Elk - Sometimes called "wapiti" (the Shawnee word for "one with a white rump"), elk are often seen in large herds in open areas where they graze on grasses and forbs. Bull elk have antlers that they shed every year. Each spring as the elk age, the new antlers grow larger, and the branching increases. Calves, born in June, are spotted for the first few months of their life, which helps camouflage the from predators.
Bison - Bison, also called "buffalo," can weigh up to one ton, and both sexes have horns. Calves are born in late April and May and are reddish brown. Bison may appear tame and slow but are unpredictable and dangerous. Every year, a number of visitors approach bison too closely and are injured.
Pronghorn - Pronghorn are unique to the plains of western North America. Both sexes of this distinctly colored animal have horns, but males have a black band from their eyes to their snout and also on their necks. Pronghorn have keen eyesight and escape predators by sprinting away at nearly 50 miles per hour, making them the fastest animal on the continent.
Bighorn Sheep - Bighorn sheep live in rocky, cliffy terrain. The bottoms of their hooves are concave, which makes them sure-footed in this habitat. Males (rams) have distinctive curved horns, which become larger and more curled as they grow older. Females (ewes) have smaller horns that curve backward over their heads.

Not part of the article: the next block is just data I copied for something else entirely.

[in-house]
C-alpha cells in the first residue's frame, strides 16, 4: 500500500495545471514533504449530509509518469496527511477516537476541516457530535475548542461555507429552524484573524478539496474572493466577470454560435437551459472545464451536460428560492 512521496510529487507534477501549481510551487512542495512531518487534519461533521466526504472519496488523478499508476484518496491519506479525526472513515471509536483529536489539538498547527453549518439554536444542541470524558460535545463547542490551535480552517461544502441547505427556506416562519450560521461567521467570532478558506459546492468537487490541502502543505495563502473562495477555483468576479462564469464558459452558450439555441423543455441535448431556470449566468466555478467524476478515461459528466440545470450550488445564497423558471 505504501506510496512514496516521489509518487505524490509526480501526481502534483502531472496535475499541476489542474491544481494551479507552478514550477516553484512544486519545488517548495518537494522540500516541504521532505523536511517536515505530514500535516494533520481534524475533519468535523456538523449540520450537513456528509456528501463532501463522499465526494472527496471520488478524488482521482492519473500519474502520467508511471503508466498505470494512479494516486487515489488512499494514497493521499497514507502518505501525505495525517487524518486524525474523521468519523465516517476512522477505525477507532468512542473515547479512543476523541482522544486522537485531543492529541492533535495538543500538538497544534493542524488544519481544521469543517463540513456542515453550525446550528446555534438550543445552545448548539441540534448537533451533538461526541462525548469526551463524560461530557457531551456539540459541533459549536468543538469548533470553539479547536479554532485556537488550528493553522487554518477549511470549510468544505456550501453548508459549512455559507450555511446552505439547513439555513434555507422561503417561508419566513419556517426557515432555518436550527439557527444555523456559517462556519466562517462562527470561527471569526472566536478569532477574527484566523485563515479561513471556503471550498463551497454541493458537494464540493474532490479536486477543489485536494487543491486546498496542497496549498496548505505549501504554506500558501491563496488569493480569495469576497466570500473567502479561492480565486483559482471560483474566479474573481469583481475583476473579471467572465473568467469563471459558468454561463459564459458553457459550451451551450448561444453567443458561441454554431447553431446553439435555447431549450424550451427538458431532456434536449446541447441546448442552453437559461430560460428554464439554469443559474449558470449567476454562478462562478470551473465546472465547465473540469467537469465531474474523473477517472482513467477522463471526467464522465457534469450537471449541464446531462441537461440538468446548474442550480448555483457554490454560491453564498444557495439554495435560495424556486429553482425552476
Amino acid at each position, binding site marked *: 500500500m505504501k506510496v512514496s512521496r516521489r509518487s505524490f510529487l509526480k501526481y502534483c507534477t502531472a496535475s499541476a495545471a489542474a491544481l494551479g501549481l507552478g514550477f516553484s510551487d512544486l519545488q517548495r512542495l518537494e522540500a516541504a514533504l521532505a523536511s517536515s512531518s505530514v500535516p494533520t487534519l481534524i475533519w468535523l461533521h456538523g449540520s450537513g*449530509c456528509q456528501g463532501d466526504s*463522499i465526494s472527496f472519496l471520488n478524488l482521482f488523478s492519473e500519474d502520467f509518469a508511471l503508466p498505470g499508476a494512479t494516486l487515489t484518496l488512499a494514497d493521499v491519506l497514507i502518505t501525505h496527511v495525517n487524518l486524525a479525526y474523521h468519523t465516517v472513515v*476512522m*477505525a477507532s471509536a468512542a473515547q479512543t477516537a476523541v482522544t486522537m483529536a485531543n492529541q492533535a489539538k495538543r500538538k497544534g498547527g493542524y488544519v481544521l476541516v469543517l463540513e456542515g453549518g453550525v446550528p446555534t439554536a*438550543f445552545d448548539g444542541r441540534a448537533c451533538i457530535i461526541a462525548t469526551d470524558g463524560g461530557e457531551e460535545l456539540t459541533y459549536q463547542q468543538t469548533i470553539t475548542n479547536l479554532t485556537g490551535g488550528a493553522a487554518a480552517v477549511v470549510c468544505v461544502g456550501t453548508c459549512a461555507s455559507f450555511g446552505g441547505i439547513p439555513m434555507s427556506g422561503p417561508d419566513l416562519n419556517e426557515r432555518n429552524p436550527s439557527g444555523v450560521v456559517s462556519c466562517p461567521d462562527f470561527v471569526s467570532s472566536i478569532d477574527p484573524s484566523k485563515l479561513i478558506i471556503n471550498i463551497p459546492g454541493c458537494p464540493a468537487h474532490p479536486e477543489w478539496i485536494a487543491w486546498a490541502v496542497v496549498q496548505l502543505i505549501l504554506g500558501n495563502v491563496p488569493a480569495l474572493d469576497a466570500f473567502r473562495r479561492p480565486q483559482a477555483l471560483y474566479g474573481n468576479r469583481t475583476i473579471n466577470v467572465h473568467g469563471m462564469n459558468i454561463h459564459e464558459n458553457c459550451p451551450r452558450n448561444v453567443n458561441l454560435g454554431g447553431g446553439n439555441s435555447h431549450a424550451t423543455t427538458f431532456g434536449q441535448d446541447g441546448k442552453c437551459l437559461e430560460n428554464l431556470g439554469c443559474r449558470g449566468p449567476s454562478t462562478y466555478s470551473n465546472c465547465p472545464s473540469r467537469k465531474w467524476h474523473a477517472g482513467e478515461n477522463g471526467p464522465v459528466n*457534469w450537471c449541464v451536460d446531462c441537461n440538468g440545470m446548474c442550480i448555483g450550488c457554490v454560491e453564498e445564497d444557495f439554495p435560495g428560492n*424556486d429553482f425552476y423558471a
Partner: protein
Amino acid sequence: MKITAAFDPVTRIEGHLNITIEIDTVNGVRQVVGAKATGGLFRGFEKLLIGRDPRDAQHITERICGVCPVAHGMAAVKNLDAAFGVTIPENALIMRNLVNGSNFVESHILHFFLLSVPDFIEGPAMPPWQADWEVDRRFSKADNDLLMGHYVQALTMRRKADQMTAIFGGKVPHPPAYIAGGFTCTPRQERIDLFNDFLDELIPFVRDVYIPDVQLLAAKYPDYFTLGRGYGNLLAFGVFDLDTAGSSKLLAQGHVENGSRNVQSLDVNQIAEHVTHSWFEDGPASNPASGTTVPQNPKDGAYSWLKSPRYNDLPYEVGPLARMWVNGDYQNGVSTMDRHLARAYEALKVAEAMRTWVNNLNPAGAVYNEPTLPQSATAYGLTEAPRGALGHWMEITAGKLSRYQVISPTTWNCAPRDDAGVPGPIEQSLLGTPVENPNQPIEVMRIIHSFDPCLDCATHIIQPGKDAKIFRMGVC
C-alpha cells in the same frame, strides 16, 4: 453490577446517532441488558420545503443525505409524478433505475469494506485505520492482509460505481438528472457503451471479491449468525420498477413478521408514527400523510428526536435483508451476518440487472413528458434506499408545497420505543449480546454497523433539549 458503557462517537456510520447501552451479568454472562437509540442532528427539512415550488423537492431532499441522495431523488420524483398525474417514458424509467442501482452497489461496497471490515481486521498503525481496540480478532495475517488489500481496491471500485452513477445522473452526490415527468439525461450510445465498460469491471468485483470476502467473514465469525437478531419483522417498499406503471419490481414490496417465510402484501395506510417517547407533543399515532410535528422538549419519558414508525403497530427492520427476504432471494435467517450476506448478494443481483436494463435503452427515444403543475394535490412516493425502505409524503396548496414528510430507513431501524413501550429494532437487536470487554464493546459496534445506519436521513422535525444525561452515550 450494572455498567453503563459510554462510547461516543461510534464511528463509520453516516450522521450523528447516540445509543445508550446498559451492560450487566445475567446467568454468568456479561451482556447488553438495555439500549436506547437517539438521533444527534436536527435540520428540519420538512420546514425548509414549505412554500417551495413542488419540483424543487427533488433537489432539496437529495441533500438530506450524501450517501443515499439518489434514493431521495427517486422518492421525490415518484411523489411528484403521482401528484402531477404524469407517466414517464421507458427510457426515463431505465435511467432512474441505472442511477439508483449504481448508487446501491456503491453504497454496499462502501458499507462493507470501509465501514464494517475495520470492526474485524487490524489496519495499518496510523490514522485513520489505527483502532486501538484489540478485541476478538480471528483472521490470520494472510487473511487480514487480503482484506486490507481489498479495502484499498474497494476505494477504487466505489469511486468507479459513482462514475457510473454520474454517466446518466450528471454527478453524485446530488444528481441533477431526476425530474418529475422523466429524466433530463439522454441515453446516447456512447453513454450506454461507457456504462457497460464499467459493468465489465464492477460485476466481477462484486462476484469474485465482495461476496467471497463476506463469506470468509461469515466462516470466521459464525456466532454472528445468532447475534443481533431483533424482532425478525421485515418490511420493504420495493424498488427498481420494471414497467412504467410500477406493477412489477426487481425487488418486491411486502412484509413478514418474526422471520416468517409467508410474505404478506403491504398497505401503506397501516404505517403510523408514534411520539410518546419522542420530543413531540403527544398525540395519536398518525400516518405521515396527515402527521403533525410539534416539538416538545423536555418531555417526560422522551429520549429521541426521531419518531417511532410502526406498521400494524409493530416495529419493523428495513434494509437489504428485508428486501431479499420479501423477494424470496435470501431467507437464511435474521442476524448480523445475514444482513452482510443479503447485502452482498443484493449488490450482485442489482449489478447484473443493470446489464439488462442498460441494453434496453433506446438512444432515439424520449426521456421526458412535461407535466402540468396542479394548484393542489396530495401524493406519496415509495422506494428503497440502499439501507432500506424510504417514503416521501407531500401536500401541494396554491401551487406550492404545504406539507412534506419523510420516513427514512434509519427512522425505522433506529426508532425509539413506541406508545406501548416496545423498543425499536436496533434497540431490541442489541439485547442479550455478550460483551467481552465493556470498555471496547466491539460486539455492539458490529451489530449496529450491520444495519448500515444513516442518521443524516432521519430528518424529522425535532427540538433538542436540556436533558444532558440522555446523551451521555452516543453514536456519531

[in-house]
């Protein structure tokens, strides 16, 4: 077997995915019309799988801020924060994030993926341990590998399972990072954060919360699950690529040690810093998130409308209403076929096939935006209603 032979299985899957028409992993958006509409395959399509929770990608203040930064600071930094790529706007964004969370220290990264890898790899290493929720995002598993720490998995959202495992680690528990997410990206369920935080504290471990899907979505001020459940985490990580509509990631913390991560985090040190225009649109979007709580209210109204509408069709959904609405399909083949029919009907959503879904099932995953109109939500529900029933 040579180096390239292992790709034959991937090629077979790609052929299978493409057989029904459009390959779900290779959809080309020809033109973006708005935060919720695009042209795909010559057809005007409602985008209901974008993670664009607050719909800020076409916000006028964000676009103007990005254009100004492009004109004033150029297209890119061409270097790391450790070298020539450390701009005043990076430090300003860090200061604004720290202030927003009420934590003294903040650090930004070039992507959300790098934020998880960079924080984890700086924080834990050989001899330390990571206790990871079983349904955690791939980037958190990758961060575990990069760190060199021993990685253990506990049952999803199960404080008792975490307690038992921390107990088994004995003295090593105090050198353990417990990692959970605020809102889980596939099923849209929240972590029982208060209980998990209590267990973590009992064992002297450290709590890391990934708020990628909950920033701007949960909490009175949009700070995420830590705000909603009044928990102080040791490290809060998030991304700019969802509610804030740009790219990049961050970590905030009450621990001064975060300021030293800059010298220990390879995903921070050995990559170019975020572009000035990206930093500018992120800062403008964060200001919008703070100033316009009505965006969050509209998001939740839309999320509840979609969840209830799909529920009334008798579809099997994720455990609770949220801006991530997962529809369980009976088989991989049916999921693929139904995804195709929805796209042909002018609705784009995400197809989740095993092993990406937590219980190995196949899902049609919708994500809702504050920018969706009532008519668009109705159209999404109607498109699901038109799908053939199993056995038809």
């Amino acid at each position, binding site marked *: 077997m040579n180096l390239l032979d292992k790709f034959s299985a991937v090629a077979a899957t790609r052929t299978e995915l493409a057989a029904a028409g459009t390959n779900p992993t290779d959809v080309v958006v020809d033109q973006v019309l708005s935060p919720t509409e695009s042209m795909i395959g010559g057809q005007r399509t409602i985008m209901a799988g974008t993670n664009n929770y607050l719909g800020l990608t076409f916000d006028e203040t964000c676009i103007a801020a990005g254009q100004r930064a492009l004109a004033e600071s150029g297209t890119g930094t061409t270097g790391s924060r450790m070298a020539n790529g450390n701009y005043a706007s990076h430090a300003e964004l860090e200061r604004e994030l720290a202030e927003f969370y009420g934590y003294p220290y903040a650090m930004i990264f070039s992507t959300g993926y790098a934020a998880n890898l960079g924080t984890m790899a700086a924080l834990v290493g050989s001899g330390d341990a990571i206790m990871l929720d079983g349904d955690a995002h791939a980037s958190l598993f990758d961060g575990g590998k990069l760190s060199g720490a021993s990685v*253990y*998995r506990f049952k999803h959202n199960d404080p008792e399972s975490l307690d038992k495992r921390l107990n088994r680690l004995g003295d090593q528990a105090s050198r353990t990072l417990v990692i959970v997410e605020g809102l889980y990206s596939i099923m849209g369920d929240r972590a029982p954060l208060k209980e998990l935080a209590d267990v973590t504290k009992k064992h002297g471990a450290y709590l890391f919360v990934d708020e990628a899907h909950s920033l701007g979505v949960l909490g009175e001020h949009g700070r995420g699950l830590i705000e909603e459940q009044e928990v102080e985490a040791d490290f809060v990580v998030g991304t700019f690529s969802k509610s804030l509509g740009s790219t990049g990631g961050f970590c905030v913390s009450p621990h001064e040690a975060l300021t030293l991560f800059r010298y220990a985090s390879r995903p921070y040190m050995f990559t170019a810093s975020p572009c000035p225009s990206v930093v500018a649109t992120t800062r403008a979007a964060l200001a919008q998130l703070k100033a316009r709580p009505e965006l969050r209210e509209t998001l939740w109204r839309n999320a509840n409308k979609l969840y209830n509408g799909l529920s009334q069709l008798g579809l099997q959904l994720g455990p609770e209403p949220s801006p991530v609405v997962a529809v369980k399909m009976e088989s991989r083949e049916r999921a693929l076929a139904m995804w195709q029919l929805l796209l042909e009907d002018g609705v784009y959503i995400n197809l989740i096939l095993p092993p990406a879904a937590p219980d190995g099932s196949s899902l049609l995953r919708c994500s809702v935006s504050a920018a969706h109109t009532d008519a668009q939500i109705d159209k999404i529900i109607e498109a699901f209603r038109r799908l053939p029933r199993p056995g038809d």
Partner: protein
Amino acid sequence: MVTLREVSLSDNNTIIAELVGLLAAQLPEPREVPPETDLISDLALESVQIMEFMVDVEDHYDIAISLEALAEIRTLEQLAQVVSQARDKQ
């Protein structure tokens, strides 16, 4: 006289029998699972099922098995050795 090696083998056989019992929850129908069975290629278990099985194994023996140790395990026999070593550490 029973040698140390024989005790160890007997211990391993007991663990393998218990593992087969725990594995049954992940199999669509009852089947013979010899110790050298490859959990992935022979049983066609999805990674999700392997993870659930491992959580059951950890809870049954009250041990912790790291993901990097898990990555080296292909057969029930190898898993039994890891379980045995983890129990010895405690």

Mule Deer - Mule deer are so named because of their large, mule-like ears. They also have black-tipped tails, leading some to call them "black-tailed deer." Males (bucks) have antlers, and females (does) do not. Mule deer are browsers, eating more leaves, twigs, and shrubs than grasses.
Wolf - Reintroduced into Yellowstone in 1995, wolves have made a dramatic recovery. Wolves live in family groups, called packs, and hunt elk, bison, moose, and smaller animals cooperatively in their pack's territory. Wolves come in colors ranging from black to gray to white and have long legs, bushy tails, and short rounded ears. Five to seven pups are born in the spring and are cared for by the entire pack.
Coyote - Coyotes are often seen in the park - and often mistakenly identified as wolves. Coyotes are smaller and more slender than wolves and have larger ears, which are pointed. Coyotes are most often seen alone or in pairs hunting for mice and voles in open meadows, although cooperative pack hunting for larger animals like deer and elk occurs in Yellowstone.